# Here is a special folder for this node#datadir=/home/bitcoin/.bitcoin

# Show the loveuacomment=BOBChicago

# ^^^ Note: If you set the user agent to a custom string, you shrink your anonymity set.## If you are interested in obscuring the fact that you are running a bitcoin# node you can route traffic through TOR. In this case you will want to unset# your user agent comment.#proxy=

# Publish rawtxzmqpubrawtx=tcp://

# Index transactionstxindex=1

# Set up RPCserver=1rpcuser=userrpcpassword=passrpchost=

# Raspberry Pi optimizationsdbcache=100maxorphantx=10maxmempool=50maxconnections=40maxuploadtarget=5000

Now let’s try to set bitcoind up to run in the background. …or just start it up with this command…

$ bitcoind — daemon -server

Let’s exit the bitcoin user.

$ exit

and create a config file.

$ sudo nano /etc/systemd/system/bitcoind.service

Add the below to that file and save…




Then enable the service and restart your pi. $ sudo systemctl enable bitcoind.service$ sudo shutdown -r now

Wait a min and then reconnect to your pi and check that the service has started and that the testnet blockchain is being downloaded.

And check the status of the service with $ systemctl status bitcoind.service

Now we can use the bitcoind command line tool to get some info about the blockchain. $ bitcoin-cli -rpcuser=user -rpcpassword=pass -rpcport=6163 getblockchaininfo

If you see this message… error code: -28error message:Loading block index…

You’re Pi is still syncing with the blockchain…wait a week! Well, have lunch and then check on it again, maybe tomorrow some time.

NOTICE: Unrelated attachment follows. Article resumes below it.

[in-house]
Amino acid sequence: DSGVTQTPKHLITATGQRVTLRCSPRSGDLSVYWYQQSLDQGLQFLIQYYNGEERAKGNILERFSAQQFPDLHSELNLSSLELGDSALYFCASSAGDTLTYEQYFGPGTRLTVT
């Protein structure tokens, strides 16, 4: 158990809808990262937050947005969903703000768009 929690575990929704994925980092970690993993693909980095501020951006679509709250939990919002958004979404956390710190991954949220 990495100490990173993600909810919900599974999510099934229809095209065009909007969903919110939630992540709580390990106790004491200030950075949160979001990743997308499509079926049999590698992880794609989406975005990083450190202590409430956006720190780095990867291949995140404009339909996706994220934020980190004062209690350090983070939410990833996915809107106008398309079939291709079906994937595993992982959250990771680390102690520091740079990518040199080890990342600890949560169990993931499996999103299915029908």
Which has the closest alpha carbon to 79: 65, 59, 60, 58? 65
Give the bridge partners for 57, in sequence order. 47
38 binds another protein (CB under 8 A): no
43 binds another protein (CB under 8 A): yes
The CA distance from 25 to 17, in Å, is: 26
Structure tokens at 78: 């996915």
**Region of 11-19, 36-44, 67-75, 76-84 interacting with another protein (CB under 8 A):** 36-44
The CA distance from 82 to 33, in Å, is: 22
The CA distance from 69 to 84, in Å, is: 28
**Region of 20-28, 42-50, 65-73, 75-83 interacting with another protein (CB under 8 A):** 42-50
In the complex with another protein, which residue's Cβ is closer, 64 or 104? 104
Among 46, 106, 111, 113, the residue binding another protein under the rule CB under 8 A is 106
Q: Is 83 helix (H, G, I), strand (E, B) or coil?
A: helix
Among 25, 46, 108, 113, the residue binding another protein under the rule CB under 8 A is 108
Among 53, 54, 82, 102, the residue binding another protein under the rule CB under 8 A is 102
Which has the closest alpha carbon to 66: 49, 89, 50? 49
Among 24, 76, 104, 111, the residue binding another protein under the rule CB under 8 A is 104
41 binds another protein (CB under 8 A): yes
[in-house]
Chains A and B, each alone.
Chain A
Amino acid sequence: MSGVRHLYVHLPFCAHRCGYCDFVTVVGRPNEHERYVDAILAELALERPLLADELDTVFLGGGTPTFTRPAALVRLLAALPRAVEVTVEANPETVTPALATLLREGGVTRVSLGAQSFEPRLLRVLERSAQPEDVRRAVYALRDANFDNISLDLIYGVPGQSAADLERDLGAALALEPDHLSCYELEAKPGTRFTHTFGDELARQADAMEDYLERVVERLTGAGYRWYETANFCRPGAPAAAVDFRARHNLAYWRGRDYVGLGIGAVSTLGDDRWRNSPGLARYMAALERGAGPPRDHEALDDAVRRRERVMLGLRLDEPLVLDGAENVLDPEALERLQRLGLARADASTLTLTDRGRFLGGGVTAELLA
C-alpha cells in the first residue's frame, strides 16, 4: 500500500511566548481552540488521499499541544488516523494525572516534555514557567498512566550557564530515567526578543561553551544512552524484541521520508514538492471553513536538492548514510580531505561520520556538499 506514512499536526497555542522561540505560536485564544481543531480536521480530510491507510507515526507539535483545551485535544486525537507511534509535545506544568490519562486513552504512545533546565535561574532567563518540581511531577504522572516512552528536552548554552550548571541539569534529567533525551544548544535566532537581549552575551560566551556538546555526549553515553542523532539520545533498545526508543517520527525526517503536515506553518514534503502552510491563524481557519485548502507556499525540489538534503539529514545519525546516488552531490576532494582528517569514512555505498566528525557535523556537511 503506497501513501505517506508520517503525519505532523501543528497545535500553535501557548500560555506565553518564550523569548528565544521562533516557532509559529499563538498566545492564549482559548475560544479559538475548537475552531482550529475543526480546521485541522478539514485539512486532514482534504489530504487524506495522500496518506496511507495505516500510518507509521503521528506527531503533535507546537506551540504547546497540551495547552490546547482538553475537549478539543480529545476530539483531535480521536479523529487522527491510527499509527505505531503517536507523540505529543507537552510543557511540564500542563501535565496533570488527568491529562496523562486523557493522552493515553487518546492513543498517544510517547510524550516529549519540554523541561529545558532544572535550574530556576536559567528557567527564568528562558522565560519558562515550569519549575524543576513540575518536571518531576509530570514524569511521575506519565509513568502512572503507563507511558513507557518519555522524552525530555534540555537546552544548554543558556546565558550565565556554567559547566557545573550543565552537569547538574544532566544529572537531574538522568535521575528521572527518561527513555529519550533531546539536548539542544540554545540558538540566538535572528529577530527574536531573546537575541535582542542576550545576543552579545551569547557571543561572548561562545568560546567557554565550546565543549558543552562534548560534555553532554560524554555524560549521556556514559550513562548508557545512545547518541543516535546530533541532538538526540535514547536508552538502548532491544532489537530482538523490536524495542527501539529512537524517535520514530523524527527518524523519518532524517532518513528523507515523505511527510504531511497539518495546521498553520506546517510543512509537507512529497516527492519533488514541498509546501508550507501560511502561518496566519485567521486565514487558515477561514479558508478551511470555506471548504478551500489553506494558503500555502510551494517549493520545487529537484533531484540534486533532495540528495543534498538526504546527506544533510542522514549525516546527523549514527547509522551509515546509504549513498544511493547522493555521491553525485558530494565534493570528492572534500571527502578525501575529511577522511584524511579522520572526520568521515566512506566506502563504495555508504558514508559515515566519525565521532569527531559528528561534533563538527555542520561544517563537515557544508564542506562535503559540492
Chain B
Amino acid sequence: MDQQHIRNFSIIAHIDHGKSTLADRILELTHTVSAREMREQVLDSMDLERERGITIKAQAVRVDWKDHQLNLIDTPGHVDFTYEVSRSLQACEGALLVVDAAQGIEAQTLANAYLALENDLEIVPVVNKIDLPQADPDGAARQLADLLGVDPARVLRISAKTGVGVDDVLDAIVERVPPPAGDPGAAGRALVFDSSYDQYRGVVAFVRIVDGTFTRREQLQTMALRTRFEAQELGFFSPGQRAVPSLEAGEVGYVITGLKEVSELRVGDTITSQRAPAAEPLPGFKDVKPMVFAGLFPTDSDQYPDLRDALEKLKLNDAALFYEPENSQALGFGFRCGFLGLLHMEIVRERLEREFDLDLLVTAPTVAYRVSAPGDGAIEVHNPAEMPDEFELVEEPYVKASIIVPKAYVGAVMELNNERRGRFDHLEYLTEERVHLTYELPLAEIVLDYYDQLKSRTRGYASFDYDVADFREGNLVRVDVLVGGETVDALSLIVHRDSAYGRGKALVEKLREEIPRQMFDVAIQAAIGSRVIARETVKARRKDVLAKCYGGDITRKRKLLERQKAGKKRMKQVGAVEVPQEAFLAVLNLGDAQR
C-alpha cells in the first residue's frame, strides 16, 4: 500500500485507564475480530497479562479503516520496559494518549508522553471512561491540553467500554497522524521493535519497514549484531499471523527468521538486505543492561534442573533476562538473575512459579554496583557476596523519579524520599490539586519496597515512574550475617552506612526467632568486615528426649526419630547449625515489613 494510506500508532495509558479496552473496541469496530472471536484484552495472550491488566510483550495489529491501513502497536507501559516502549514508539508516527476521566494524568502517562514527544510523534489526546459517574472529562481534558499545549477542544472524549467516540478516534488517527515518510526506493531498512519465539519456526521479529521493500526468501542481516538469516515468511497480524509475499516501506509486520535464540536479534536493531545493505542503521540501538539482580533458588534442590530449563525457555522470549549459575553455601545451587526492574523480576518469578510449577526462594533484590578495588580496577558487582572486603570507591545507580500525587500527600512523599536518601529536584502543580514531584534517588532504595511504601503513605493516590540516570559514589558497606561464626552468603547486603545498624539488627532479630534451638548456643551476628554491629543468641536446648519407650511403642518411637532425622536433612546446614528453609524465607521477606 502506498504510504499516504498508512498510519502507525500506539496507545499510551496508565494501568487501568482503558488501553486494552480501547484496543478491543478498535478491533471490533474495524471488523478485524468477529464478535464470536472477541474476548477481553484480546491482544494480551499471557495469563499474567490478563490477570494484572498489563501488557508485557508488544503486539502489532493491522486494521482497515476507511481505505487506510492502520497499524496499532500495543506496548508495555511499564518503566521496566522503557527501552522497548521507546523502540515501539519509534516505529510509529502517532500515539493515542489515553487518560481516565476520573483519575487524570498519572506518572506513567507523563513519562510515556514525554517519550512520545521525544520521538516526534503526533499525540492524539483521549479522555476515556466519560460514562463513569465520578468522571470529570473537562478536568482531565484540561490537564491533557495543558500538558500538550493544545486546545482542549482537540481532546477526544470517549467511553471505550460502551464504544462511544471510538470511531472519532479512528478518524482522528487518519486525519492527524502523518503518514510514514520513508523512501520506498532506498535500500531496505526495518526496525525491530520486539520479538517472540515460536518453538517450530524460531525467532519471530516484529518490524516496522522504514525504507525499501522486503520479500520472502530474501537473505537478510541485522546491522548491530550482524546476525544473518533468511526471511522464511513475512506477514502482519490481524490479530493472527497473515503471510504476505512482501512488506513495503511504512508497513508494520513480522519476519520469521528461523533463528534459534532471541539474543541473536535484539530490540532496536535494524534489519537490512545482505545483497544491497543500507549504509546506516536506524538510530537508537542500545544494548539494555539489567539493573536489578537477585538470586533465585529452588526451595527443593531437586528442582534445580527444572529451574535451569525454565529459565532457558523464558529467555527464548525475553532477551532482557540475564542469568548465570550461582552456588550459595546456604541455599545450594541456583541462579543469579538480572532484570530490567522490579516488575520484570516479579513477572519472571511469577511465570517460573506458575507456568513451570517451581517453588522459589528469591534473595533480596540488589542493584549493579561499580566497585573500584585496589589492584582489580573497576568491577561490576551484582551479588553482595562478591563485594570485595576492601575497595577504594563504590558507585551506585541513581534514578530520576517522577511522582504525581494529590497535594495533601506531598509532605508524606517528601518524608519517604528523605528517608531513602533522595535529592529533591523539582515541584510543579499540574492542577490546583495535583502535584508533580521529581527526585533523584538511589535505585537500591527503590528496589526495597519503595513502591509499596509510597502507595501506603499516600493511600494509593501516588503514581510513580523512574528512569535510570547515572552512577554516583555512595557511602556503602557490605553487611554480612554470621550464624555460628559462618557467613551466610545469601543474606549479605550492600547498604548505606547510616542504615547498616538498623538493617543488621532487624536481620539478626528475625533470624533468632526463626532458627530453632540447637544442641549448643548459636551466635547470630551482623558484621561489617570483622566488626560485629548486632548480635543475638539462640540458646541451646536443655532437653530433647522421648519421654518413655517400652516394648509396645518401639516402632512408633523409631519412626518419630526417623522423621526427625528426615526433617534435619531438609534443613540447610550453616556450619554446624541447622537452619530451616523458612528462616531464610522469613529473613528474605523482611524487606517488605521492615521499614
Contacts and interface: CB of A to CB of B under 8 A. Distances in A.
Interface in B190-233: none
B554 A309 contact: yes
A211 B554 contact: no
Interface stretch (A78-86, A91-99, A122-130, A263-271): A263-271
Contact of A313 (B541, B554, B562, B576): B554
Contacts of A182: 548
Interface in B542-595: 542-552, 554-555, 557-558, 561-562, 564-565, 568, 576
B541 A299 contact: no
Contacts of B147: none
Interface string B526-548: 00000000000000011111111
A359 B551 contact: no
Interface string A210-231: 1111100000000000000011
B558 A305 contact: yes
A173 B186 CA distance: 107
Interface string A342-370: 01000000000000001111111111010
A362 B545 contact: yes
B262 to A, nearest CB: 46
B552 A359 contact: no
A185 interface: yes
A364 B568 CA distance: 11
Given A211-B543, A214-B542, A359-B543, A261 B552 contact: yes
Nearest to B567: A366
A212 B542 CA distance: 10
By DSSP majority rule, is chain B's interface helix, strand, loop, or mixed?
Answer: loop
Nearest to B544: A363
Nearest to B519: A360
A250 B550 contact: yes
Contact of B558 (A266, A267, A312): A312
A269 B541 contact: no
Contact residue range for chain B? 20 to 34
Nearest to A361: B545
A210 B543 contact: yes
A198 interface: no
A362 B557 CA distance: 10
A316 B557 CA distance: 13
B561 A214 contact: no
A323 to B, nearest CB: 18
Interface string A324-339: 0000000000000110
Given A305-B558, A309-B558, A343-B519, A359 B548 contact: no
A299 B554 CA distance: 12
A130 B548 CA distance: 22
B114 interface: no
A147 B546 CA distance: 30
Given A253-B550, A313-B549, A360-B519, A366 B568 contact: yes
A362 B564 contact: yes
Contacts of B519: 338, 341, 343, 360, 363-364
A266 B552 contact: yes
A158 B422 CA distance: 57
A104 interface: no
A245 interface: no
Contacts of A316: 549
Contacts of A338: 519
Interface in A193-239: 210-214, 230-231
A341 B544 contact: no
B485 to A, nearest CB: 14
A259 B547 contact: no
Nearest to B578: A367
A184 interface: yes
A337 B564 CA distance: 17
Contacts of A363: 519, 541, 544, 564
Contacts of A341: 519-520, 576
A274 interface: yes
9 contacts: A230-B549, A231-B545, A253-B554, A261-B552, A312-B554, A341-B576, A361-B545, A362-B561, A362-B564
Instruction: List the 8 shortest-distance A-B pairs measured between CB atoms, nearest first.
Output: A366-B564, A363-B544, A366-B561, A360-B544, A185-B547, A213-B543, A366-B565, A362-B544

Once you can get a response from ‘getblockchaininfo’, you’ll still need to wait until “verificationprogress” is at least, 0.9999xxxx before you can use bitcoind. …waiting, this involves lots and lots of waiting.

Note: I ran into an issue where the pi would crash while syncing. I had to make sure that my pi optimizations were turned on in the config file and I turned dbcache down to 64 to prevent the crashes.

If you run into problems here is a list of error codes,

To watch bitcoind run or to check for errors… $ tail -f /home/bitcoin/.bitcoin/testnet3/debug.log

If you are looking to explore, here is a list of bitcoin-cli commands,

Now that bitcoind is up and running and you can get a response from bitcoin-cli, let’s play with it a bit. We’ll need to setup a wallet, etc.

Let’s checkout the details of the wallet created by bitcoind $ bitcoin-cli -rpcuser=user -rpcpassword=pass -rpcport=6163 getwalletinfo

If we are running on mainnet, we’ll want to encrypt.

$ bitcoin-cli -rpcuser=user -rpcpassword=pass -rpcport=6163 encryptwallet PASSWORD_[D]$ bitcoin-cli -rpcuser=user -rpcpassword=pass -rpcport=6163 walletpassphrase PASSWORD_[D] 600

Know how to backup and restore $ bitcoin-cli backupwallet data/bitcoin_testnet/wallet_testnet.backup$ bitcoin-cli importwallet data/bitcoin_testnet/wallet_testnet.backup

Let’s go get some testnet coins(You can also get testnet coins from a lightning faucet as we’ll see below). We’ll need an address for that…

$ bitcoin-cli -rpcuser=user -rpcpassword=pass -rpcport=6163 getnewaddress

Copy the output and paste it here

If the address you generated didn’t start with a 2, it’s might not be a witness address. Testnet SegWit address start with a 2. To make it one…

$ bitcoin-cli -rpcuser=user -rpcpassword=pass -rpcport=6163 addwitnessaddress [your address]

Then transfer your funds there.

$ bitcoin-cli -rpcuser=user -rpcpassword=pass -rpcport=6163 sendtoaddress [New Address from above output]

And now finally, it’s time to set up LND!

Install lnd

You can follow along with the official install instructions here, or use a binary as shown below.

At the moment v0.4.2-beta is the latest. $ wget

$ tar zxf lnd-linux-arm-v0.4.2-beta.tar.gz

$ cd lnd-linux-arm-v0.4.2-beta/